TERRE HAUTE — More than 35,000 homes and businesses remain without power in Indiana the morning after strong storms moved across the state.
Duke Energy reports outages scattered throughout the state's southern half Thursday morning. The greatest concentrations are about 9,500 outages in the Terre Haute area, with some 7,000 around Columbus and 4,700 in and around Bloomington. Vectren says it has some 17,000 outages in the Evansville area.
Strong storms and possible tornadoes hit those areas Wednesday night.
A southern Indiana man who rode out a suspected tornado by hiding with his wife and two children in the closet of the family's trailer says he's thankful everyone is alive.
Authorities say about six people suffered non-life-threatening injuries when a handful of homes in the trailer park near Bloomington were destroyed in Wednesday night's storm.
Brad Taylor returned to the trailer park Thursday morning to check on his home that lost some siding and had a window blown out. He says he's certain a tornado hit the neighborhood.
One doublewide trailer at the mobile home park was tipped over on its side with floor torn off the bottom. Another nearby was reduced to a pile of debris, with two kitchen chairs sitting upright in the middle of the rubble.
Taylor said he, his wife and their two children rode out the storm by hiding in a closet. The trailer lost some siding and a window was blown out, but it was still standing.
"I'm just thankful everybody's alive," Taylor said.
A neighbor, 19-year-old Brandon Arthur, said he has never been so scared.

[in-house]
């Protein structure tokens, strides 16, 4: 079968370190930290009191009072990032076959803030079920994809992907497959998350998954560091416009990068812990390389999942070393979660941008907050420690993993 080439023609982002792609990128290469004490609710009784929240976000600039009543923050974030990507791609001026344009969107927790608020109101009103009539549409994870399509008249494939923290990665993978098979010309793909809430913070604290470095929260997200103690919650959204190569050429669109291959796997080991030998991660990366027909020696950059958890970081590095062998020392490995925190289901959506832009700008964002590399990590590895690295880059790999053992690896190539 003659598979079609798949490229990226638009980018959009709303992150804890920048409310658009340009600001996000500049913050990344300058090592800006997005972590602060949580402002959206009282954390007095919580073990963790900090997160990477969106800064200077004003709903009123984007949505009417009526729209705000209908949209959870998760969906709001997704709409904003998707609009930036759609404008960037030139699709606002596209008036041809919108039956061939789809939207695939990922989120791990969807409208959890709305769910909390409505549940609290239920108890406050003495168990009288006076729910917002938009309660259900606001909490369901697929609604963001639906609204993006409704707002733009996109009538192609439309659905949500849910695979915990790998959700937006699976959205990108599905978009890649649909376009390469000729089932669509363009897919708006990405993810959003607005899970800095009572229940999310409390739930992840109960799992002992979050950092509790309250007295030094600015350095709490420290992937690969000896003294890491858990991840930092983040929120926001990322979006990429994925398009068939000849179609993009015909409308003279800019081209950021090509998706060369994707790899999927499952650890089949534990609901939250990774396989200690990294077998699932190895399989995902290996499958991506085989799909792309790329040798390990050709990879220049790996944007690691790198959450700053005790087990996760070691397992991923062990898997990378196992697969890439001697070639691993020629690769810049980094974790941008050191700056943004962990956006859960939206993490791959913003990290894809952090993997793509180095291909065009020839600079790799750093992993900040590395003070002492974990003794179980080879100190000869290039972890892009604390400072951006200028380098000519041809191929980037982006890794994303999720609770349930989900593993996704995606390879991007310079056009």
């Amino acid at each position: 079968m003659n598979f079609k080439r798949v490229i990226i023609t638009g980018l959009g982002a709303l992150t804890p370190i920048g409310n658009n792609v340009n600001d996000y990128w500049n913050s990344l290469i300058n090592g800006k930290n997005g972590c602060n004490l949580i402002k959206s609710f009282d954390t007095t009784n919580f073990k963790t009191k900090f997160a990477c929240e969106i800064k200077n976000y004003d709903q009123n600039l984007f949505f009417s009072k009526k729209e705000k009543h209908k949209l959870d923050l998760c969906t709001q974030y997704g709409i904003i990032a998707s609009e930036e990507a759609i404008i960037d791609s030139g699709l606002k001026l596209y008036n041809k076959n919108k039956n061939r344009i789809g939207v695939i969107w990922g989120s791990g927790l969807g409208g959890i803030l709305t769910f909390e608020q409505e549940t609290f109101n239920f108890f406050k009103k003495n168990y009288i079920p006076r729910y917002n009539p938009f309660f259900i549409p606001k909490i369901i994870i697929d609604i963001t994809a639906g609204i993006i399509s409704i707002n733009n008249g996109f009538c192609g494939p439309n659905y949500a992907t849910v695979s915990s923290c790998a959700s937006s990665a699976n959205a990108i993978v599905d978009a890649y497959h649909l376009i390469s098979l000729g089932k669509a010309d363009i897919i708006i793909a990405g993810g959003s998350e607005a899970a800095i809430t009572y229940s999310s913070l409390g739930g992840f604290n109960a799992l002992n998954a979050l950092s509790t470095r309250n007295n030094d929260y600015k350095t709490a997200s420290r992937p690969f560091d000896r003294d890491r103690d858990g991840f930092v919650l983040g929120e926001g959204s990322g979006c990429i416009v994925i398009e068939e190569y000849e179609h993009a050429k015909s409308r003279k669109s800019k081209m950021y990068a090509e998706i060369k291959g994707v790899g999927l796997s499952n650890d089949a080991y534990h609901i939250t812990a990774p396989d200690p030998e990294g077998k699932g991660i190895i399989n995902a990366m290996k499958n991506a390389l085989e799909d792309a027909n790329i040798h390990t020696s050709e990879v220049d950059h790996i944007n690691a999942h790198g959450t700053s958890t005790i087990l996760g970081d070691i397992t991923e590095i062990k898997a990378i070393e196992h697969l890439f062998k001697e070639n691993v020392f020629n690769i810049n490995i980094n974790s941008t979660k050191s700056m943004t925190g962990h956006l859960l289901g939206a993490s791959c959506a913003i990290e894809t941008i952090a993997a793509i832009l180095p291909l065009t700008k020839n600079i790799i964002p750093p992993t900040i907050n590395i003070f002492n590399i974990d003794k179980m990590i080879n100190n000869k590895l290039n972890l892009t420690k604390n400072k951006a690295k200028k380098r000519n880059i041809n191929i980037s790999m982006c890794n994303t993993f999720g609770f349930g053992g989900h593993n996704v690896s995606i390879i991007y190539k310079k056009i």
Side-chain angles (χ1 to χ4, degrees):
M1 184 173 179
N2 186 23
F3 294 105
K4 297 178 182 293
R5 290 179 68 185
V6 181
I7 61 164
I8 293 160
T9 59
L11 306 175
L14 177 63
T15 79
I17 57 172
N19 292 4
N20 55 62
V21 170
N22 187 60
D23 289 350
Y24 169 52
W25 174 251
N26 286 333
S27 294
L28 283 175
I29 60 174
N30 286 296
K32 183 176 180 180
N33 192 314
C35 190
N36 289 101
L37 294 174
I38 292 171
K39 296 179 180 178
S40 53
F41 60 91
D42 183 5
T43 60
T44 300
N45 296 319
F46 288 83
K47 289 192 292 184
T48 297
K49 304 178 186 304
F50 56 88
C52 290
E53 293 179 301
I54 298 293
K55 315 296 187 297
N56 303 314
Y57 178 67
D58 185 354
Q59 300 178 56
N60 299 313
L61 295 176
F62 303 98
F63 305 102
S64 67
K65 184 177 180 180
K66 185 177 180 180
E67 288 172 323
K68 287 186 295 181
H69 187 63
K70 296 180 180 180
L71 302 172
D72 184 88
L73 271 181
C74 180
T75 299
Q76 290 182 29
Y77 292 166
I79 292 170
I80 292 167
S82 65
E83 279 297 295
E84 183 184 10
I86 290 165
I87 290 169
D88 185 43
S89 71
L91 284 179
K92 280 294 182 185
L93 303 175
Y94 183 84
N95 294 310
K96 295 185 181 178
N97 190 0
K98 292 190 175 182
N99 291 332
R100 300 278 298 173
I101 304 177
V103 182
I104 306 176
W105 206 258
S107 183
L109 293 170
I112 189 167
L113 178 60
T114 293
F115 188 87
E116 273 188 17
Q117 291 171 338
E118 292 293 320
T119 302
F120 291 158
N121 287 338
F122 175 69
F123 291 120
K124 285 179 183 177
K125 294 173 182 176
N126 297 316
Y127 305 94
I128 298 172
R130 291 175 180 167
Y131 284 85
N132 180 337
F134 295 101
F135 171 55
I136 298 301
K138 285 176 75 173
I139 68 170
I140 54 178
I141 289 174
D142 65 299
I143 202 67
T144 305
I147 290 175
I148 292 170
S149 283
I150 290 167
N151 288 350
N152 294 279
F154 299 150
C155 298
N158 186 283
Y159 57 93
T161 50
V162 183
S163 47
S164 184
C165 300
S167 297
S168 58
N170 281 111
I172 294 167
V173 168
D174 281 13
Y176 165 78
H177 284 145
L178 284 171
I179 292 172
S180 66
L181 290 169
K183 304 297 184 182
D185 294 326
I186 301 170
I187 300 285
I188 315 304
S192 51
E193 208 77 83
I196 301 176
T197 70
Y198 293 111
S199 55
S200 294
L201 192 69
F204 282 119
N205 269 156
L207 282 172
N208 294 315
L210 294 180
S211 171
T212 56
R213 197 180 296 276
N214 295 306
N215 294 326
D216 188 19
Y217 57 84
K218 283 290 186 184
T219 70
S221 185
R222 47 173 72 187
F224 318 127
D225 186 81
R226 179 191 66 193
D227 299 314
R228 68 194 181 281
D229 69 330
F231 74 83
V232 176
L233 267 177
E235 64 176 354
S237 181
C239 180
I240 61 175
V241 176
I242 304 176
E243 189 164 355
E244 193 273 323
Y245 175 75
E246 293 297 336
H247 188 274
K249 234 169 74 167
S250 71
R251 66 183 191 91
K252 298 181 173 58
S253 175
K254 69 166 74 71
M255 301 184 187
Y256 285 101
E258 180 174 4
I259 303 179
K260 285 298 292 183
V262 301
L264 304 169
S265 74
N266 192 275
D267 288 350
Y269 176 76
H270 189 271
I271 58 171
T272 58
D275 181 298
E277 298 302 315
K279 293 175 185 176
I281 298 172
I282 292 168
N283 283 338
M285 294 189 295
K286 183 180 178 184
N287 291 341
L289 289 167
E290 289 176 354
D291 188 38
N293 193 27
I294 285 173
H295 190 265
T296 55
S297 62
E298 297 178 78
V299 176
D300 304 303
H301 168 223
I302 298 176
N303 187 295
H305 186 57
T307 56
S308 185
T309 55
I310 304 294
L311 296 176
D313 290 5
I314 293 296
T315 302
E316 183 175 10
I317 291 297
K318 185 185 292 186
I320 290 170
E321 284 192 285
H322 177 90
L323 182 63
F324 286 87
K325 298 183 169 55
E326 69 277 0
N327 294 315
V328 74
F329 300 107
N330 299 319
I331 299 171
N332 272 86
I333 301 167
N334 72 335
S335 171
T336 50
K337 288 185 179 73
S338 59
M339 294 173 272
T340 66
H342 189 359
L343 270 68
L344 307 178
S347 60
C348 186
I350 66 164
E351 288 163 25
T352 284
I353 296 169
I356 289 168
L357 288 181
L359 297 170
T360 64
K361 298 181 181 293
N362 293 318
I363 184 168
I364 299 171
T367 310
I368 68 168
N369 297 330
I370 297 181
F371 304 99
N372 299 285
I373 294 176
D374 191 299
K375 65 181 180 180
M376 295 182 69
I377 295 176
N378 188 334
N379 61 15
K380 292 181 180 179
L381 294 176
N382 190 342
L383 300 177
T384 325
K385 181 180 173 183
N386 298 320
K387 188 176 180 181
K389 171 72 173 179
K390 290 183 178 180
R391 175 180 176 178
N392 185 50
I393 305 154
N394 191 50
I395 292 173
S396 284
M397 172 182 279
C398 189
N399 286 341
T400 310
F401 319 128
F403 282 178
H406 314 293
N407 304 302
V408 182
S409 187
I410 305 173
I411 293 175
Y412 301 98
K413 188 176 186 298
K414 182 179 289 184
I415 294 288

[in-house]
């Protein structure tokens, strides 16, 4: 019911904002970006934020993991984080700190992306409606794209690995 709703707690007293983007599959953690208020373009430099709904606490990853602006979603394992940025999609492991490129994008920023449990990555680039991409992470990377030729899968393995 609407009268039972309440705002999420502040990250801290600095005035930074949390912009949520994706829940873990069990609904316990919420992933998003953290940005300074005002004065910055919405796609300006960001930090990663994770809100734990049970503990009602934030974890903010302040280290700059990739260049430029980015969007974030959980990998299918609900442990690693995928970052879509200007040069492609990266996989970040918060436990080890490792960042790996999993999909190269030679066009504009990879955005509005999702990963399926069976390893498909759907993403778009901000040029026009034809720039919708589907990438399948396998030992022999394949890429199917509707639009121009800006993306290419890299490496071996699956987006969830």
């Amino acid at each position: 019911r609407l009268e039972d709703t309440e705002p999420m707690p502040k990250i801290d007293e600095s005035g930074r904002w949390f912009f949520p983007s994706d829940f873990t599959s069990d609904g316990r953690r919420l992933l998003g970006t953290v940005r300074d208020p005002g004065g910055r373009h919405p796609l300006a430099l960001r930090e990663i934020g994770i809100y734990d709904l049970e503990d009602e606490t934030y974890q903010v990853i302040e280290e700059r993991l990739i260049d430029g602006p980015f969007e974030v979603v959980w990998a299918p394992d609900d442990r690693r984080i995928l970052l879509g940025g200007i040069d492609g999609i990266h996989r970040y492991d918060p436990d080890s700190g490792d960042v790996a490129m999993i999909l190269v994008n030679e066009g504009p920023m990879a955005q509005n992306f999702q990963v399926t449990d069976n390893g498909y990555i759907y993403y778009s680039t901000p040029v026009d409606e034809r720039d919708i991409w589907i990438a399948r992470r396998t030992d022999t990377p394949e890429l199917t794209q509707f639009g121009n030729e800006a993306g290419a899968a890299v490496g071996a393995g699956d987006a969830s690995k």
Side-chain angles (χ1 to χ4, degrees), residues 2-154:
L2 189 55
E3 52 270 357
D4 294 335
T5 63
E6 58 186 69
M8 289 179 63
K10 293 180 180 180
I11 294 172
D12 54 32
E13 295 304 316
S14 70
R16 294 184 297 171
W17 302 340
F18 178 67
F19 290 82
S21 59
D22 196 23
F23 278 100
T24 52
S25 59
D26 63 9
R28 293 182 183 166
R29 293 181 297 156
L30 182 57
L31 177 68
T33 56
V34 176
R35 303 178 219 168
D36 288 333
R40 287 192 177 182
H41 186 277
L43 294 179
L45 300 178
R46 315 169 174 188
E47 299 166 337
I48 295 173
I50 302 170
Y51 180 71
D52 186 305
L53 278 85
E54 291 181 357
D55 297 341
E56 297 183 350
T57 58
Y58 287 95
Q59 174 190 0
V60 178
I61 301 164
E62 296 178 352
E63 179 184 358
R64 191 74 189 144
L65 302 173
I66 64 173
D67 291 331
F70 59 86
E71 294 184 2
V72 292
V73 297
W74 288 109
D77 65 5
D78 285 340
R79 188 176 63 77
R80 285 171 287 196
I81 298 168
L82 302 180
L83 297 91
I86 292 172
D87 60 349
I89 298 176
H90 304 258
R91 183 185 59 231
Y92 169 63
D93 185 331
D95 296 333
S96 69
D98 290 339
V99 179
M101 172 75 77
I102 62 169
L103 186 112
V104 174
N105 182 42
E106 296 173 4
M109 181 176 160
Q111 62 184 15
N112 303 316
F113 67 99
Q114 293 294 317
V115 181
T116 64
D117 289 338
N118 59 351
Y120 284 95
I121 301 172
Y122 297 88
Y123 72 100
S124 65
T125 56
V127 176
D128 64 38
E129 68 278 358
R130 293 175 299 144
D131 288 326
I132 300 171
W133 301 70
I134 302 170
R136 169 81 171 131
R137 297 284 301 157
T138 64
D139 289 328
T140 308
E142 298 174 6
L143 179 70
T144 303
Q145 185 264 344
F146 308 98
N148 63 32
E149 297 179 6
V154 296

"All I know is the power went out, the trailer started shaking and I looked out the window and there was green lightning," said Arthur, whose trailer survived except for its wooden deck.
Marie Mason, who owns the trailer park with her ex-husband, Sam Mason, looked bewildered as she sifted through the debris of his trailer for a cell phone. She wanted to call him in the Philippines to tell him what happened. Moments later, neighbors found his dog dead in a nearby field, and she knelt over the animal and cried.
Her son was bruised and bloodied by the storm, but was treated at a hospital and would be all right, she said.
"The good thing is everybody's here to talk about it," Marie Mason said. "I've got a lot to be grateful for. Things can be replaced. People can't."
Crews worked overnight to clear uprooted trees and downed power lines after a tornado touched down in a mostly rural area about 25 miles south near Bedford.
The extent of the damage wouldn't be known until daybreak, but residents expressed relief that no deaths were reported in the latest round of storms even though several homes were destroyed and more than a dozen people were injured, including three or four children.
"We're very fortunate," said Lawrence County Sheriff Sam Craig.
Strong winds blew the roofs off an apartment building and an auto body shop in a small southwestern Indiana town.
The Wednesday night storm caused damage throughout the Gibson County town of Haubstadt about 15 miles north of Evansville. Town Council president Kenny Reinbrecht tells WEHT-TV that emergency workers went door-to-door in the damaged area and didn't find anyone injured.
The owners of the Hepler Airport in northern Vanderburgh County tell the Evansville Courier & Press that 14 planes were damaged. The airport's hangars were also ripped apart.
The storm knocked initially knocked out all power to the town of about 1,500 people, although some electricity had been restored Thursday morning.